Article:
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Re: seek/tell usage

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From:
Chas. Owens
Date:
December 11, 2007 11:28
Subject:
Re: seek/tell usage
Message ID:
58ce48dc0712111128u355fc29fr5dbe55daefb8e7dd@mail.gmail.com
On Dec 11, 2007 1:22 PM,  <reader@newsguy.com> wrote:
> Using perldoc -q tail
> leading to
> perldoc -f seek
> perldoc -f tell
>
> I'm not getting how to use those functions.  Partly because what
> passes for examples in those docs doesn't use normal language, instead
> they use terms like WHENCE, something that's almost never used in
> normal language.  When WHERE would get the point across at a glance
> instead of having to dig into the details,
snip

Whence is actually proper English.  You may not here it often, but
that has more to do with falling standards of education.  Using WHERE
instead of WHENCE may be easier for you, but, since this function is
exposing an underlying POSIX function that uses WHENCE to describe
that parameter, it would be confusing to those who already have some
exposure to programming (in particular ANSI C).  The docs are made for
reference not teaching, if you feel the need to be taught you should
invest in the O'Reilly series of books.  You should find the Llama
book (Learning Perl) particularly helpful.

snip
>
> At first I took it to mean something more involved than giving a
> possition.
> No biggee I guess  but then I see:
>
>                    for (;;) {
>                        for ($curpos = tell(FILE); $_ = <FILE>;
>                             $curpos = tell(FILE)) {
>                            # search for some stuff and put it into files
>                        }
>                        sleep($for_a_while);
>                        seek(FILE, $curpos, 0);
>                    }
>
> Even here what the heck does `;;' mean.  This stuff is supposed to be
> readable by someone who doesn't know these things.  Even down to
> `curpos'.  I didn't get what it meant for a few seconds.  Why not
> spell it out... $CurrentPostion.  After all clarity is what we're
> after here.
>
> Again no biggee I guess,
>
> However, I still don't see how it is supposed to work.  Is there a law
> against simple examples? hehe.
>  (ok enough complaining ...)
>
> seek documentation indicates the for loop probably won't be necessary
> unless the IO implementation is `particularly cantankerous'.  So I'm
> guessing there is some easier way to access the stuff below where I've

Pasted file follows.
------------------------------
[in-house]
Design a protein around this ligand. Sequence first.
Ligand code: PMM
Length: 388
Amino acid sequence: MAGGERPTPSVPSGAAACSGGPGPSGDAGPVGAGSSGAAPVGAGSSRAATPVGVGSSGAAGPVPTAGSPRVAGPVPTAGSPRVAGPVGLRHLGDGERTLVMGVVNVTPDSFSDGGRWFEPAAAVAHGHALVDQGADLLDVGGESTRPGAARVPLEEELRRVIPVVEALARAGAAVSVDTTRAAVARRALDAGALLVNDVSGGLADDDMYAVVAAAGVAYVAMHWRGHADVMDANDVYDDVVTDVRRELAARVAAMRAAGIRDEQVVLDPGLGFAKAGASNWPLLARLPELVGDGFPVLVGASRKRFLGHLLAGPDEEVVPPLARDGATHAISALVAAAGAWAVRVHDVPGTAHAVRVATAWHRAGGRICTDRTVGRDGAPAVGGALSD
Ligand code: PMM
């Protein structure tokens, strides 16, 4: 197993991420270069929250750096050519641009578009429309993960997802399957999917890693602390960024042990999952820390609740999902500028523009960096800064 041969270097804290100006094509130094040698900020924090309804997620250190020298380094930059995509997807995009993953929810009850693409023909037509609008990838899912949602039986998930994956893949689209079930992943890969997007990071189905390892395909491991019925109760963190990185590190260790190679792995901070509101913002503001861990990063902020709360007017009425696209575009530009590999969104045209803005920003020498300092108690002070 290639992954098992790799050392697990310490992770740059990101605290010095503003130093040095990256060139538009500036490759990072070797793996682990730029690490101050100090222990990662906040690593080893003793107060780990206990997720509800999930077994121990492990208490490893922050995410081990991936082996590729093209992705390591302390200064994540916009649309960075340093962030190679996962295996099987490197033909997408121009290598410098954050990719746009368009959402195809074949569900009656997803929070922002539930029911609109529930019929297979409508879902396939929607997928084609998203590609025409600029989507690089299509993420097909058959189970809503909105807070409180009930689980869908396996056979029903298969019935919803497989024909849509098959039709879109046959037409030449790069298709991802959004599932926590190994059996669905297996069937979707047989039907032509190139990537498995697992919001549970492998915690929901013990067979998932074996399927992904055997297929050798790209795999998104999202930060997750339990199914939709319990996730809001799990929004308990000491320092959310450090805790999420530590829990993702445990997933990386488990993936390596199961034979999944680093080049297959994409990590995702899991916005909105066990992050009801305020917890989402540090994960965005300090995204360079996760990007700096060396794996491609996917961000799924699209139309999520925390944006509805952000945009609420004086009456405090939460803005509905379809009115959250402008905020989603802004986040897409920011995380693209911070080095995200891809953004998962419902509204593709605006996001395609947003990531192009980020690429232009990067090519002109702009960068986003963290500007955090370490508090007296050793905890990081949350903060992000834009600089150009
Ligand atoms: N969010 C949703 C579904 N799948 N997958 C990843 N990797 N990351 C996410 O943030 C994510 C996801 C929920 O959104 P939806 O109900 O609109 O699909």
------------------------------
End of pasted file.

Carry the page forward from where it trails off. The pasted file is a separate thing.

> told the interpreter to seek to.
snip

That is a fairly straightforward implementation of tail -f.  It does
use the C-style for loop in a way that one doesn't often use in Perl,
but there is nothing really odd about it.  Perhaps you will understand
this a little better:

my $pos = tell FILE;
while (1) {
    while (<FILE>) {
       $pos = tell FILE;
       #do something with each new line
    }
    sleep $timeout;
    seek(FILE, $pos, 0);
}

snip
> It left me thinking something like this should work but it absolutely
> fails to print tell() from seek(FILE, -($bytes -100) ,2) position.
>
> use strict;
> use warnings;
>
> my $bytes;
> open(FILE,">>./myfile")or die " Can't open ./myfile: $!";
>      $bytes = tell(FILE);
>    print "hpdb pre seek bytes <$bytes>  \n";
> print FILE "line\nline\nline\nline\n";
>
> ## go back to 100 bytes before previous end of file.
> seek(FILE, -($bytes -100) ,2);
> while(<FILE>){
>    print "hpdb tell by line:" . tell(FILE) . "\n";
> }
> close(FILE);
snip

That is because you are telling Perl to seek to position -($bytes
-100) from the end of the file.  That is most likely not the place you
want given the comment.  You want either

#seek to a position 100 bytes before position $bytes
seek FILE, $bytes - 100, 0;

or

#seek -120 bytes from the end of the file (this should be -125 on
Win32, due to the CR)
seek FILE, -120, 2;

The seek function has three ways of measuring what the second argument means:
0: move relative the beginning of the file
1: move relative to the current position in the file
2: move relative to the end of the file

So if you want to rewind twenty bytes you can say

seek FILE, -20, 1;

if you want to hop forward twenty bytes you can say

seek FILE, 20, 1;

if you want to move to after the 100th byte of the file you can say

seek FILE, 100, 0;

If you want to move back two hundred bytes from end of the file you can say

seek FILE, -200, 2;

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